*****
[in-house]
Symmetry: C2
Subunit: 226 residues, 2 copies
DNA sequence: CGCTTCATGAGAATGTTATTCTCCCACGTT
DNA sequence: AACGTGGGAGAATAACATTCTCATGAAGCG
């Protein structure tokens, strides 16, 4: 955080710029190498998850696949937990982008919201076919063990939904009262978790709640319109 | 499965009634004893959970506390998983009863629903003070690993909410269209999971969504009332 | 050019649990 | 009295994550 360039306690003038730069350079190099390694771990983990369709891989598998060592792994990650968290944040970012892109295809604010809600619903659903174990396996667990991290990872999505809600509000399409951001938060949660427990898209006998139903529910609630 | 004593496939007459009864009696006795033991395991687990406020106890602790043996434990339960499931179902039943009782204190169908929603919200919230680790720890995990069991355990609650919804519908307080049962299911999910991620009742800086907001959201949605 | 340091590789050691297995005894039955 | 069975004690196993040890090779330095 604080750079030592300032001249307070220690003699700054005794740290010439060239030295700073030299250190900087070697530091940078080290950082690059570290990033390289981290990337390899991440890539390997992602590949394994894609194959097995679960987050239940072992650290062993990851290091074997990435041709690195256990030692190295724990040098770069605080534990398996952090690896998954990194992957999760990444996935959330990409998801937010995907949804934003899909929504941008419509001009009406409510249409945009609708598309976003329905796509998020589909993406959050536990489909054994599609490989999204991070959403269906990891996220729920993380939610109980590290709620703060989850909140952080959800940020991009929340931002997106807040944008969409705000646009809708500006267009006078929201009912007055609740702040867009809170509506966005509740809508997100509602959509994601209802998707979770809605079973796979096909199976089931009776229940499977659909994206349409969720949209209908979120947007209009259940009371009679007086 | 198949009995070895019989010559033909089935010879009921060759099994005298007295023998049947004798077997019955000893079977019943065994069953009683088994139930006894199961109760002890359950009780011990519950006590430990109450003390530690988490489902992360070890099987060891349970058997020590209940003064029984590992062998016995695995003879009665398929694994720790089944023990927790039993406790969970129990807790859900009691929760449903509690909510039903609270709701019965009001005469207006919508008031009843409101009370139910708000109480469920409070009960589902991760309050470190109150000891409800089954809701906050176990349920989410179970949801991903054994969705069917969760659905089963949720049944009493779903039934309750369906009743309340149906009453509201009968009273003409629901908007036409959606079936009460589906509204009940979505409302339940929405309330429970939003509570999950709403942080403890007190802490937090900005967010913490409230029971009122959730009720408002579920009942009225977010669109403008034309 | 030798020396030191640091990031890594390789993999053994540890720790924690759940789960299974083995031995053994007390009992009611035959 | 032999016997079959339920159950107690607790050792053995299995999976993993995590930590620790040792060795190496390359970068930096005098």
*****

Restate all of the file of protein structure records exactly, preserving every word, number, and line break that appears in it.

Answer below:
[in-house]
Symmetry: C2
Subunit: 226 residues, 2 copies
DNA sequence: CGCTTCATGAGAATGTTATTCTCCCACGTT
DNA sequence: AACGTGGGAGAATAACATTCTCATGAAGCG
């Protein structure tokens, strides 16, 4: 955080710029190498998850696949937990982008919201076919063990939904009262978790709640319109 | 499965009634004893959970506390998983009863629903003070690993909410269209999971969504009332 | 050019649990 | 009295994550 360039306690003038730069350079190099390694771990983990369709891989598998060592792994990650968290944040970012892109295809604010809600619903659903174990396996667990991290990872999505809600509000399409951001938060949660427990898209006998139903529910609630 | 004593496939007459009864009696006795033991395991687990406020106890602790043996434990339960499931179902039943009782204190169908929603919200919230680790720890995990069991355990609650919804519908307080049962299911999910991620009742800086907001959201949605 | 340091590789050691297995005894039955 | 069975004690196993040890090779330095 604080750079030592300032001249307070220690003699700054005794740290010439060239030295700073030299250190900087070697530091940078080290950082690059570290990033390289981290990337390899991440890539390997992602590949394994894609194959097995679960987050239940072992650290062993990851290091074997990435041709690195256990030692190295724990040098770069605080534990398996952090690896998954990194992957999760990444996935959330990409998801937010995907949804934003899909929504941008419509001009009406409510249409945009609708598309976003329905796509998020589909993406959050536990489909054994599609490989999204991070959403269906990891996220729920993380939610109980590290709620703060989850909140952080959800940020991009929340931002997106807040944008969409705000646009809708500006267009006078929201009912007055609740702040867009809170509506966005509740809508997100509602959509994601209802998707979770809605079973796979096909199976089931009776229940499977659909994206349409969720949209209908979120947007209009259940009371009679007086 | 198949009995070895019989010559033909089935010879009921060759099994005298007295023998049947004798077997019955000893079977019943065994069953009683088994139930006894199961109760002890359950009780011990519950006590430990109450003390530690988490489902992360070890099987060891349970058997020590209940003064029984590992062998016995695995003879009665398929694994720790089944023990927790039993406790969970129990807790859900009691929760449903509690909510039903609270709701019965009001005469207006919508008031009843409101009370139910708000109480469920409070009960589902991760309050470190109150000891409800089954809701906050176990349920989410179970949801991903054994969705069917969760659905089963949720049944009493779903039934309750369906009743309340149906009453509201009968009273003409629901908007036409959606079936009460589906509204009940979505409302339940929405309330429970939003509570999950709403942080403890007190802490937090900005967010913490409230029971009122959730009720408002579920009942009225977010669109403008034309 | 030798020396030191640091990031890594390789993999053994540890720790924690759940789960299974083995031995053994007390009992009611035959 | 032999016997079959339920159950107690607790050792053995299995999976993993995590930590620790040792060795190496390359970068930096005098």